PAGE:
This article appeared in Forbes on September 28, 2022.
Last week I participated in the Vail Symposium’s webinar, Inflation in America: Current and Future Impacts, with Lisa Shalett of Morgan Stanley and David Wessel of Brookings. It was a great discussion, moderated by Richard Bard, and the full video is available here.
We generally agreed on most points, especially on the causes of the inflation spike that started in 2021. For instance, we agreed that both supply and demand problems contributed to the rise. We also agreed that the month‐to‐month changes in inflation matter more right now because the year‐to‐year rates of inflation will remain elevated even if inflation flat lines for the rest of the year. (I dive deeper into that topic here.)
However, I’m not so sure we agree as much regarding the outlook for the future.
My fellow panelists expect inflation to remain relatively higher than it has been in “normal” times for the foreseeable future, staying closer to 4 percent than 2 percent. They seem to have a slightly different explanation for why that might be the case, but they both seem to think we’re undergoing a structural shift of some sort, where all the major economies of the world will sort of retrench and (for lack of a better term) deglobalize. (But please judge for yourself.)
The two points that stuck out the most dealt with semiconductors and research and development (R&D) spending.
Lisa suggested that it’s problematic that the U.S. is no longer investing in “things that are foundational for building a competitive economy,” things such as infrastructure and R&D. Both David and Lisa agreed that the U.S. is too reliant on other countries for its semiconductors, and David believes that the U.S. will have to start “steering some government money to spur private investment.” (All of this begins around the 50‐minute mark.)
On the private investment front, we probably couldn’t disagree more.
For decades, advocates of more publicly funded R&D have made it seem like there’s been a huge R&D decline in the United States. In more recent years, supporters compare the United States to China, a country that is supposedly leaving other developed countries in the dust. But as my colleague Scott Lincicome has pointed out, data from the National Center for Science and Engineering Statistics (NCSES) and the OECD tell a very different story.
Here are a few highlights:
- Total U.S. spending for R&D reached an all‐time high in 2019, both in total, inflation‐adjusted dollars ($584.4 billion) and as a share of GDP (3.06%). This all‐time high as a share of GDP occurred despite a decline in federally funded R&D (as a share of GDP).
- All forms of R&D in the United States—basic, applied, and experimental development—hit all‐time highs in 2019.
- The United States leads the world in gross R&D expenditures, well above China.
- The United States is among the top 10 countries in R&D expenditures as share of GDP, well above China.
These statistics warrant a skeptical view toward the need to spur more private investment in the U.S. And advocates for “steering” more government funds toward private investment should explain why the United States needs more government‐funded investment when the private sector is already doing so much.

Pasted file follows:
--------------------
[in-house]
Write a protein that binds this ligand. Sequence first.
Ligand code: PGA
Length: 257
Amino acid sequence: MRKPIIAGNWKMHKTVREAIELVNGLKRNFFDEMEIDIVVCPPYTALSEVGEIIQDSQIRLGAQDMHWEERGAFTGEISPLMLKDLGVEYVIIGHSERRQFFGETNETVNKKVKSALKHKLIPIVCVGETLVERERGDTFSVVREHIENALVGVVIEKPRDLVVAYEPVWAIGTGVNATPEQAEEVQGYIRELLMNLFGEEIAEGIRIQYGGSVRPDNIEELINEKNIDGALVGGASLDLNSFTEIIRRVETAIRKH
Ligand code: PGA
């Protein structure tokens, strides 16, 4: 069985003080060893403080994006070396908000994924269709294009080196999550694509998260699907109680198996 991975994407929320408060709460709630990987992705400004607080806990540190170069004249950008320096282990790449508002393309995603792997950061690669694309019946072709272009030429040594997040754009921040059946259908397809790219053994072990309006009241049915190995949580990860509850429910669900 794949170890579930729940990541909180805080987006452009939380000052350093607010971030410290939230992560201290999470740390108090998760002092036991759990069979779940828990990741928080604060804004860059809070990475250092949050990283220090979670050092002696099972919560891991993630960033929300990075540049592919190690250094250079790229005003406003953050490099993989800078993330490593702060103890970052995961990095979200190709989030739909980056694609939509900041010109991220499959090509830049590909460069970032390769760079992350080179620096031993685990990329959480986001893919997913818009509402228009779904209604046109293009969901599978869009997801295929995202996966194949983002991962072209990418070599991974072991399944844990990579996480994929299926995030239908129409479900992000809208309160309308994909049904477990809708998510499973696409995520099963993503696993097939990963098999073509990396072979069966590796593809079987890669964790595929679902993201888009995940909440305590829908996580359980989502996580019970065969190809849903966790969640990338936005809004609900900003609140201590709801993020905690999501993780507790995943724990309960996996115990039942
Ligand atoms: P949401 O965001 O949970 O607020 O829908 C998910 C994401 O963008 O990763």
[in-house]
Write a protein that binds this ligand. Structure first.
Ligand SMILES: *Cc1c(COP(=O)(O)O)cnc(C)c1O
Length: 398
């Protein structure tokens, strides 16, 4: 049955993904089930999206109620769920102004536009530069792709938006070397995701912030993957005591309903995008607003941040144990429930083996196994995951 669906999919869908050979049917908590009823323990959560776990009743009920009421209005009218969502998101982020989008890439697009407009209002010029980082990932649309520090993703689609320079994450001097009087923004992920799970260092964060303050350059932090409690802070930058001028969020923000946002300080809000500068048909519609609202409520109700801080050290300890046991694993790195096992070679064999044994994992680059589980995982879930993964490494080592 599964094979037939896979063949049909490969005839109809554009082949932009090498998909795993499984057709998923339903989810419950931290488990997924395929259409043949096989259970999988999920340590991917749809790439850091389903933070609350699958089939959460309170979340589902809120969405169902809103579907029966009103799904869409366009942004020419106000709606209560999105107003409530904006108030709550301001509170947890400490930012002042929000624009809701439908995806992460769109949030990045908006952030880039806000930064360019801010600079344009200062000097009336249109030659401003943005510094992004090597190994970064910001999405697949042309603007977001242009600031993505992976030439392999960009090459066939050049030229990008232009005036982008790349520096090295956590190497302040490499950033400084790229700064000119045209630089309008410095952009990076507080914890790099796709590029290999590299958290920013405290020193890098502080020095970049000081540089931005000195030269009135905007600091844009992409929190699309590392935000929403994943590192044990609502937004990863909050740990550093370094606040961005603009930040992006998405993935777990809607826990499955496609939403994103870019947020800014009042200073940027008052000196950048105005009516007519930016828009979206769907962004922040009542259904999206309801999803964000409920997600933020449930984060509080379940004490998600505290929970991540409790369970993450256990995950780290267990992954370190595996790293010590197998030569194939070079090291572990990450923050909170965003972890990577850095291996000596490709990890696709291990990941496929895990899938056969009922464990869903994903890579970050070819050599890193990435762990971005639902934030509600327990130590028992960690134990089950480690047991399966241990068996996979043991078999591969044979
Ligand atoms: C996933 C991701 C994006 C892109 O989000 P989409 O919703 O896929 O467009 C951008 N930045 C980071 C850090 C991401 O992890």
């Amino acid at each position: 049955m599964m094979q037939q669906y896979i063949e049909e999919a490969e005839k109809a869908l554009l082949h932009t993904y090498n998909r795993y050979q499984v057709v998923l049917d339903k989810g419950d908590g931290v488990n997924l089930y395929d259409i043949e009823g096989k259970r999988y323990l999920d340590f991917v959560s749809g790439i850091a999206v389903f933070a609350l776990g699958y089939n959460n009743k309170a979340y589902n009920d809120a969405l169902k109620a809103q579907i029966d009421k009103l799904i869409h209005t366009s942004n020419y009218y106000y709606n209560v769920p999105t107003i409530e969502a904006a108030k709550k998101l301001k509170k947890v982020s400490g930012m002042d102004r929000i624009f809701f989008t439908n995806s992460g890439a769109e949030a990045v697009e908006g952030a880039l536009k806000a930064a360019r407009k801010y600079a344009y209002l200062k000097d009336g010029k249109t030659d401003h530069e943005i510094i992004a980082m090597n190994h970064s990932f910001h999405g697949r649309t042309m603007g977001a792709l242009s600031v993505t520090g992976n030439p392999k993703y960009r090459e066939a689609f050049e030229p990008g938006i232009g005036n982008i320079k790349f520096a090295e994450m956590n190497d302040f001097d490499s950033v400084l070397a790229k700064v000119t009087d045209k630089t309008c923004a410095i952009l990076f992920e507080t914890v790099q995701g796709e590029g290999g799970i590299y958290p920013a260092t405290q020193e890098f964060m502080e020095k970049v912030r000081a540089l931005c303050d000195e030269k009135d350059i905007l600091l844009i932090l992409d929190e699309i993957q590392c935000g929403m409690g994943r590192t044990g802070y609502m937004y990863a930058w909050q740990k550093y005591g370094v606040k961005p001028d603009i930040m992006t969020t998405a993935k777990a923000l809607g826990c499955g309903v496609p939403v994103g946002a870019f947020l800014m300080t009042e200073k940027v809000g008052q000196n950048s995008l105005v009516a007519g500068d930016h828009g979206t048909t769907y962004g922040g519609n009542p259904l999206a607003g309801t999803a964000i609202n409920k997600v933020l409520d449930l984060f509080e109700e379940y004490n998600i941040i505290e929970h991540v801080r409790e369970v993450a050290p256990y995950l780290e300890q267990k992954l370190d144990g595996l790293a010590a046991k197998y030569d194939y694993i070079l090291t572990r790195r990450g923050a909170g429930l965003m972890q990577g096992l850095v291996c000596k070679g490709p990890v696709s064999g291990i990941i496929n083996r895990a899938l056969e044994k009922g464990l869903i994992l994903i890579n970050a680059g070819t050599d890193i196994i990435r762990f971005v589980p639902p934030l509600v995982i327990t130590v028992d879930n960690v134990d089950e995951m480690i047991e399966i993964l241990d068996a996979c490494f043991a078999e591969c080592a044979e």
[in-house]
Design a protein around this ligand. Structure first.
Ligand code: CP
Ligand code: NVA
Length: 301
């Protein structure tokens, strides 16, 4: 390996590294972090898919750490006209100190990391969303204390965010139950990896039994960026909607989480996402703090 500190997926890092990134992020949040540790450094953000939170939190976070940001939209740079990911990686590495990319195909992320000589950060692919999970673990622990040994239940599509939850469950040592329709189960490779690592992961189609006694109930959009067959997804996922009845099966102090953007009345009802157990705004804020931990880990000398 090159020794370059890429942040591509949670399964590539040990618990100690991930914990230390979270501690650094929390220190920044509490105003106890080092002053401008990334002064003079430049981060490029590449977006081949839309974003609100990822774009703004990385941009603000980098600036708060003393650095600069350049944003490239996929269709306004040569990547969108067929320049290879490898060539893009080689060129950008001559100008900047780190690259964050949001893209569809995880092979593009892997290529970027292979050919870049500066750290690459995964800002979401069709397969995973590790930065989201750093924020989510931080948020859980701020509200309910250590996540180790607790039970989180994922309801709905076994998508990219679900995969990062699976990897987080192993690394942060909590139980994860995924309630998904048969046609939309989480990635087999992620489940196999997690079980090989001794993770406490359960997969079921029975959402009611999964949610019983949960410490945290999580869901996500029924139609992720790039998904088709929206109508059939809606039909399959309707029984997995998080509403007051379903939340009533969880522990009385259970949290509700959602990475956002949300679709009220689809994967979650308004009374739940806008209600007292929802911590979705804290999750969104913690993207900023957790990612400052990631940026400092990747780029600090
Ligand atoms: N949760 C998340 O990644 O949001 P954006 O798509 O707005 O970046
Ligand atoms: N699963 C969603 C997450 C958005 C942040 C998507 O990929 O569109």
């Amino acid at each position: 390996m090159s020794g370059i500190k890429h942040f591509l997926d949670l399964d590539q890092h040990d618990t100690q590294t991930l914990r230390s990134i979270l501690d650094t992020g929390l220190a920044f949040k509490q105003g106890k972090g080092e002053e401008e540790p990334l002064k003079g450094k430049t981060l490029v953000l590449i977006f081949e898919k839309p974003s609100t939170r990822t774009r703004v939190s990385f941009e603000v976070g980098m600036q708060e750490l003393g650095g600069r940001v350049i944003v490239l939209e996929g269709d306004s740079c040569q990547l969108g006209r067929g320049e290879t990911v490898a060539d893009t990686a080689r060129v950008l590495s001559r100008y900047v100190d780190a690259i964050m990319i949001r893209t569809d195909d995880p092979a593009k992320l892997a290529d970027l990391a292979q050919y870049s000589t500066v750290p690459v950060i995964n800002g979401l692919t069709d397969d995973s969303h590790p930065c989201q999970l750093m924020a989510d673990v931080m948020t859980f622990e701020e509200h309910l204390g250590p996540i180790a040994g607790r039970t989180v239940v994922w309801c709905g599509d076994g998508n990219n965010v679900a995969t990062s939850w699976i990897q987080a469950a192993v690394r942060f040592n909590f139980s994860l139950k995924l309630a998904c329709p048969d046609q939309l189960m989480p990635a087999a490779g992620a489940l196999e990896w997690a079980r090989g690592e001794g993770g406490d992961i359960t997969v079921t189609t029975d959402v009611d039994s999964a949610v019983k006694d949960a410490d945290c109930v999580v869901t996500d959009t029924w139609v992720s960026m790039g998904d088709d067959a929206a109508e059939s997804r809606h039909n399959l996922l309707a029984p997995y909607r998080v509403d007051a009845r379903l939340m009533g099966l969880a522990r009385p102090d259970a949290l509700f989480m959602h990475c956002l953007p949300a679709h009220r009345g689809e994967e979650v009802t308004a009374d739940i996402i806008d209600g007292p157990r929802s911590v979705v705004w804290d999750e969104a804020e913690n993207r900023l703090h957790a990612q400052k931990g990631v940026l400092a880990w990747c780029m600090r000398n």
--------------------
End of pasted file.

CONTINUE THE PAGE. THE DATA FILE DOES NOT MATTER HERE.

It’s difficult to argue that there’s been a market failure, and if government funding has boosted U.S. innovation and competitiveness, there should be tons of solid evidence of its net benefit.
As for the semiconductor issue, it is abundantly clear that “massive semiconductor subsidies in China…haven’t produced a cutting‐edge, world‐beating industry.” Just as important, the mere fact that the United States does not produce most of the world’s semiconductors–or the most of anything else in particular–tells us very little about the state of the U.S. economy or its capacity to produce goods and services.
Semiconductors are one of America’s top exports, and U.S. manufacturers produce 43 percent of their chips in the United States. (See page 23.) It is true that, by market share, the world’s largest three companies are based in Taiwan or South Korea. However, measured by revenue, U.S. based IntelINTC -2.7% is the largest semiconductor company in the world. (Maybe Congress should have taken Intel’s CEO at his word when he said his company didn’t need subsides.)
Regardless, reality is more complicated than any of these single stats might suggest, and it doesn’t favor the notion that deglobalization is upon us. For example, Intel has more than 100,000 employees, spread across 46 different countries. Korea‐based Samsung, the world’s second largest semiconductor company (by revenue), employs almost 290,000 people, with operations in 74 countries. Even Taiwan Semiconductor Manufacturing Company, the world’s largest by market share, has manufacturing facilities in multiple countries and is opening a new facility in Arizona.
If we really are witnessing deglobalization, tons of companies–not just semiconductor companies–are going to have to reverse course and start doing business very differently.
And if that occurs, it won’t be good for Americans. As the recent baby formula shortages demonstrate, concentrating production in only America does not avoid supply chain problems. It does the opposite.
My fellow panelists seem to think we’re moving toward an era of more economic nationalism and industrial policy. I’m not sure whether they broadly support that shift, but I hope that they’re wrong because making everything in the United State is a good way to impoverish Americans. (And as Scott Lincicome has explained in detail, there are many good reasons to believe that this sort of deglobalization is not occurring. It turns out that many people with capital at risk understand how to diversify.)
Opening markets up and expanding Americans’ economic freedom is the best way to ensure Americans become more competitive and resilient. It’s a shame so few have learned that lesson.